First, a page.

Understanding Log Management: Issues and Challenges
In order to fully understand all the log management issues that can occur, we must first take a step back in order to provide a detailed examination of what log handling is and what it entails.
Log messages - which are also known as event logs, audit records, and audit trails, to name a few of their other commonly used names – are events as they pertain to computing. These are generated or triggered by the software or the user. Like, for example, when the user interacts with the system by inputting a command on the keyboard. This means that almost every action on a system, user or software-made, creates an accompanying log message of that event.
From vital server processes that affect thousands, even millions, of computers and digital devices, all the way to the inner workings of a tiny iPhone app – everything creates a trail of logs. For large organizations, this can mean hundreds of gigabytes of raw log data every day, which can be both difficult to store as well as make sense of. But this is only one of the reasons that highlight the importance of log management.
So, with all that in mind, let’s explore all the biggest log management challenges of modern IT, and the solutions for these problems.
Log Management Issues - Log Correlation
As previously stated, businesses - especially big ones - generate an astounding amount of data on a daily basis. So while most log management services are capable of collecting this data, correlating it is another matter entirely.
Simply put, this is the difference between “good” and “bad” data activity. By itself, log management software can’t differentiate between the two of them, it merely gathers the data. Without appropriate protocols and advanced analytics in place, a false positive can seem like a big problem, while a serious breach of security can mask itself to appear as innocuous standard activity.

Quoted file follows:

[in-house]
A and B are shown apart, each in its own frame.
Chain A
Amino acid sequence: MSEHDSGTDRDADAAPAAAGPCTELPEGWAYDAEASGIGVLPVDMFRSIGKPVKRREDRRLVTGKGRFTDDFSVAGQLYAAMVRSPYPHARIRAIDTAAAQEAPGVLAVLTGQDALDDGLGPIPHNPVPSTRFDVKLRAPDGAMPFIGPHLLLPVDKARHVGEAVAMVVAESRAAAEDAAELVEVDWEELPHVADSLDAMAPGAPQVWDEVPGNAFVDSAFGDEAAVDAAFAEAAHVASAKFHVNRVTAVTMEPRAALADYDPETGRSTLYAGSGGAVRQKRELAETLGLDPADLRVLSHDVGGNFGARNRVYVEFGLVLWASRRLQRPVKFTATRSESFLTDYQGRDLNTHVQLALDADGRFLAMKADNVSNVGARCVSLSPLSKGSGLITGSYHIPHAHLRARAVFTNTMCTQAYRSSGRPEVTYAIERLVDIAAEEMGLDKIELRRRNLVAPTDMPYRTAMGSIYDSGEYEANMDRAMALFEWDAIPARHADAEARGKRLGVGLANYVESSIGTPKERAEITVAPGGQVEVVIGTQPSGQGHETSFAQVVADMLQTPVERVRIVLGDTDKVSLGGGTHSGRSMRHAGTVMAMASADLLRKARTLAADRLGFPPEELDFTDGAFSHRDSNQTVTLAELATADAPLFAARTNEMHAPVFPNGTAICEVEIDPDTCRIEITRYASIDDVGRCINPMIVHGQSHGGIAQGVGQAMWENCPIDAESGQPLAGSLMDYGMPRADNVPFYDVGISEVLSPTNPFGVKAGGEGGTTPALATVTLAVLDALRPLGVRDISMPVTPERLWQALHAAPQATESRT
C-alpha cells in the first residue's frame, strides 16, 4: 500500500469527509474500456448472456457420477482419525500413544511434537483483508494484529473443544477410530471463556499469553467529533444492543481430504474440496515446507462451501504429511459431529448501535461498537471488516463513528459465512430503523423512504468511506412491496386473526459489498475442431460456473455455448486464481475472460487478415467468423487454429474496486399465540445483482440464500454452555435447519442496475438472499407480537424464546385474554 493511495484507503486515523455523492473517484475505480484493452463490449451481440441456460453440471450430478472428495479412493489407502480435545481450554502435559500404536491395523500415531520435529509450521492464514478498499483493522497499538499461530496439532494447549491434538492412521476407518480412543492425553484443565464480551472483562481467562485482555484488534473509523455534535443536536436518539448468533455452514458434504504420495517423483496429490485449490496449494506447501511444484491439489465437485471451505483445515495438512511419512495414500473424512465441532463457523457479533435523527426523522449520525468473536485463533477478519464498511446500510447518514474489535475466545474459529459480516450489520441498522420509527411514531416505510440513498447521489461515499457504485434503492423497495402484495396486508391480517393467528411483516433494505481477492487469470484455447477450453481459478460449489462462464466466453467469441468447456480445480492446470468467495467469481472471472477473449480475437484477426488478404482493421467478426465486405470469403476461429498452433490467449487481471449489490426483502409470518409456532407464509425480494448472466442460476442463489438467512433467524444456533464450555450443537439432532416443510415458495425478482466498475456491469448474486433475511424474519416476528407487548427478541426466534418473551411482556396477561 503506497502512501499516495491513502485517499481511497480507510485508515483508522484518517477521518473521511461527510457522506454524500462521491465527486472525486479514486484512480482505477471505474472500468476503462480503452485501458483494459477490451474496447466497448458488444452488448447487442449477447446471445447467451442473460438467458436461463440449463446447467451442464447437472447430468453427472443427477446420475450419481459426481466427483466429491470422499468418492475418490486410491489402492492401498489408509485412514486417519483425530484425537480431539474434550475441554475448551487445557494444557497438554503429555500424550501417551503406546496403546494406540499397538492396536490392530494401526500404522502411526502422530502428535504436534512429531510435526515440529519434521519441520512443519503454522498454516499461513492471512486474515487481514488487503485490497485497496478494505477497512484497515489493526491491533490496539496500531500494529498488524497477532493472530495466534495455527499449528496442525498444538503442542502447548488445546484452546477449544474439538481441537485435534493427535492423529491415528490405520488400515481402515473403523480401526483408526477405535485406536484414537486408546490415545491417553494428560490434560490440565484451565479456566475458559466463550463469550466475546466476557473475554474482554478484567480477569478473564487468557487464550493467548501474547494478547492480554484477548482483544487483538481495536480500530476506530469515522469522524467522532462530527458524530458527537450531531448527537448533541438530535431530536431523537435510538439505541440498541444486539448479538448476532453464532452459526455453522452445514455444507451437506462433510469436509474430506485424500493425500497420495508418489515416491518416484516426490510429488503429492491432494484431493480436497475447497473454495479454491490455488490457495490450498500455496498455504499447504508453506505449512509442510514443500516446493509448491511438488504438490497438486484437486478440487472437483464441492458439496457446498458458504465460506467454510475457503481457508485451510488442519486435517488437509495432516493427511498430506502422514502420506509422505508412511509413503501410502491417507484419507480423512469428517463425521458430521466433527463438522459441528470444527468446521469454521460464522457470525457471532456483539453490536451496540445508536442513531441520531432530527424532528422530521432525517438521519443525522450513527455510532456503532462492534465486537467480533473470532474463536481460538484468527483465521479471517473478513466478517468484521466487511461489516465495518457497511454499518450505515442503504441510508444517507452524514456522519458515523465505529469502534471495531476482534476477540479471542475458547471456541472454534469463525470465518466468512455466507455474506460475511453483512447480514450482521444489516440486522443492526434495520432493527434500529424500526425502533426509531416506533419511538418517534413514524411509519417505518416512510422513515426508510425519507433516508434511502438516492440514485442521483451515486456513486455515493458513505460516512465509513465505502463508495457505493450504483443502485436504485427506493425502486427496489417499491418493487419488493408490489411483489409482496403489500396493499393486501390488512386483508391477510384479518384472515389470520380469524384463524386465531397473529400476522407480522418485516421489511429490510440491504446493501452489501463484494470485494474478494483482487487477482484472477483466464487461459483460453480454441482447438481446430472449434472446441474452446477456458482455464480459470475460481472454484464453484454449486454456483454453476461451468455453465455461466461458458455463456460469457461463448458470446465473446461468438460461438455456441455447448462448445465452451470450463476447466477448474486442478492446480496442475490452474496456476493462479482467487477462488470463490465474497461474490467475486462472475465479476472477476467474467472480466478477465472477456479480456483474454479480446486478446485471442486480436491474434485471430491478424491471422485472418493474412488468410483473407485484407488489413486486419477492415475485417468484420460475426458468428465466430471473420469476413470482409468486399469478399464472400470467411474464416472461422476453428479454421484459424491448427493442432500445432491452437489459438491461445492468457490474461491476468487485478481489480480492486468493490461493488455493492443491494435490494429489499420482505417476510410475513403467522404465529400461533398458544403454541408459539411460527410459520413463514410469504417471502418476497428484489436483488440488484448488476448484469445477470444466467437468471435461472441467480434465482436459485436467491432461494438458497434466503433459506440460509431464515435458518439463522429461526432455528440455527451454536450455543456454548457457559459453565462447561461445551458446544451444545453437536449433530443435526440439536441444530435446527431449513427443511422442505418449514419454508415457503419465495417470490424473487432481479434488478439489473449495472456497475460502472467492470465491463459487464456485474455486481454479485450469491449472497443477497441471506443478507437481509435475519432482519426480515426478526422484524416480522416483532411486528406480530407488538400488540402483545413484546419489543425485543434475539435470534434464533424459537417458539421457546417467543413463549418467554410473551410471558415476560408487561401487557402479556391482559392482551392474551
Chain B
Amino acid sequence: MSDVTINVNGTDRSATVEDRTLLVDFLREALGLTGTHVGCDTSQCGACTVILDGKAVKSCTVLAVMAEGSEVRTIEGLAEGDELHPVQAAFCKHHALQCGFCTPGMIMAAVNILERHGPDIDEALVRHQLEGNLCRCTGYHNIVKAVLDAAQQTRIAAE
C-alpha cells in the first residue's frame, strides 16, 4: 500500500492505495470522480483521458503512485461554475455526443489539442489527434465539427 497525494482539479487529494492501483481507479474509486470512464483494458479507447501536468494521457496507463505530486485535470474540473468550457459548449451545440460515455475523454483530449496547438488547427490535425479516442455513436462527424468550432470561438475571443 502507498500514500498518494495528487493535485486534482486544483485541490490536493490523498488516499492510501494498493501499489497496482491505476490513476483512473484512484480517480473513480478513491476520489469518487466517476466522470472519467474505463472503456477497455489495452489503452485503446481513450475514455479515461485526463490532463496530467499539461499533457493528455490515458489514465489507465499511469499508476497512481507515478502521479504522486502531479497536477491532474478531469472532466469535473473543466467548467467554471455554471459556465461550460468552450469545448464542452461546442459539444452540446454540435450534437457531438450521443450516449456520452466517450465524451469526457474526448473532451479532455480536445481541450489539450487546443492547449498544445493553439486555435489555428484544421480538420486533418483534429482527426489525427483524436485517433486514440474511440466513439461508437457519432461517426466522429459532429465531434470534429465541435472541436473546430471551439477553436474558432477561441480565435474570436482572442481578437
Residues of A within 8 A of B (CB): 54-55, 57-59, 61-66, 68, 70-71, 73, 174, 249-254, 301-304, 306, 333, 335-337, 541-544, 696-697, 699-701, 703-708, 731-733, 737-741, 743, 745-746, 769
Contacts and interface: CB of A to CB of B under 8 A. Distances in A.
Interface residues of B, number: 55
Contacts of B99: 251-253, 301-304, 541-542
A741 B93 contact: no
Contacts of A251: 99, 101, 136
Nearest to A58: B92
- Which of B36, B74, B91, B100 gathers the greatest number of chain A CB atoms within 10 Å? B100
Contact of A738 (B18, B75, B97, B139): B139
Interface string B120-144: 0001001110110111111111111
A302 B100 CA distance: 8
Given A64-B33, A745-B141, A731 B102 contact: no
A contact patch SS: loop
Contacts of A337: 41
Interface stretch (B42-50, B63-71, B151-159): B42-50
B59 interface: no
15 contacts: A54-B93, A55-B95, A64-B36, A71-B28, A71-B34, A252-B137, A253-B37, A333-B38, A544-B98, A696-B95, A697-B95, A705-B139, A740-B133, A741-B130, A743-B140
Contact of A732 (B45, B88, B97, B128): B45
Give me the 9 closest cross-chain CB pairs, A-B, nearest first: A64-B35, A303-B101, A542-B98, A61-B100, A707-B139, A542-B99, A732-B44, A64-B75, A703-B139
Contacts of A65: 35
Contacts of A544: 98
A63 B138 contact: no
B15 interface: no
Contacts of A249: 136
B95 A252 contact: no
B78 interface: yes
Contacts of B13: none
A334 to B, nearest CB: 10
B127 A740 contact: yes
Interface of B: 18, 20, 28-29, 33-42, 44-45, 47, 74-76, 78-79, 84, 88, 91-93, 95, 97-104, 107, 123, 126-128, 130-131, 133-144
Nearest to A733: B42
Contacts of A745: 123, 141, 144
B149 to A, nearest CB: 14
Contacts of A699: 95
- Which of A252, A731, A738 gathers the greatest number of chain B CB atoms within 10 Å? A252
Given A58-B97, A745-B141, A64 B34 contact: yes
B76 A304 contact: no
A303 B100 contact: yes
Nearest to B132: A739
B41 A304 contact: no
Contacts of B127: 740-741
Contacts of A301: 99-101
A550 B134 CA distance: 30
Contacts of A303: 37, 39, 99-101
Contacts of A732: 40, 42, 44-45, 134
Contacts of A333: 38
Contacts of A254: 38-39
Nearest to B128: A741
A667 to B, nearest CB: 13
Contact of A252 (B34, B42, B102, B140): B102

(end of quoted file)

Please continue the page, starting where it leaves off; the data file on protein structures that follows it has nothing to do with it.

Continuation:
The ability to sort through these threats according to the level of seriousness and weed out the genuine complications from the unimportant issues is needed in every log management tool. For example, one of the ways this is done is through threat intelligence. TI analyzes the indicators of compromise to find possible loopholes to your security and help you contain them on time. The option to further aggregate this data is also critical, with content packs and other structured machine data file types and extensions being taken into account when collecting and analyzing data.
In this age of big data (that is becoming bigger and bigger with each passing second), log correlation is a vital part of log management - one that is used for everything from cybersecurity, system administration, and staying compliant with mandatory auditing procedures.
Log Management Issues - When (And What) To Automate
Log management is, like most types of software, heavily reliant on automatization. Data that is practically impossible to sort through by (human) hand is ordered, sorted, and analyzed by the program. Left to its own devices, your log management tool (LMT) will do its best to carry out the job according to its (pre)set parameters, but this is hardly an ideal solution.
New threats and problems are cropping up every day, and while your LMT is designed to help you identify and deal with them, a dedicated human in charge of steering its functioning and setup is needed to bring out the real benefits of log management best practices.
Knowing what to automate and what to do by yourself is an acquired skill in itself. And, like any other skill, it requires practice, time, training, and human devotion to get the most of it.
Log Management Issues - Storage and Archiviation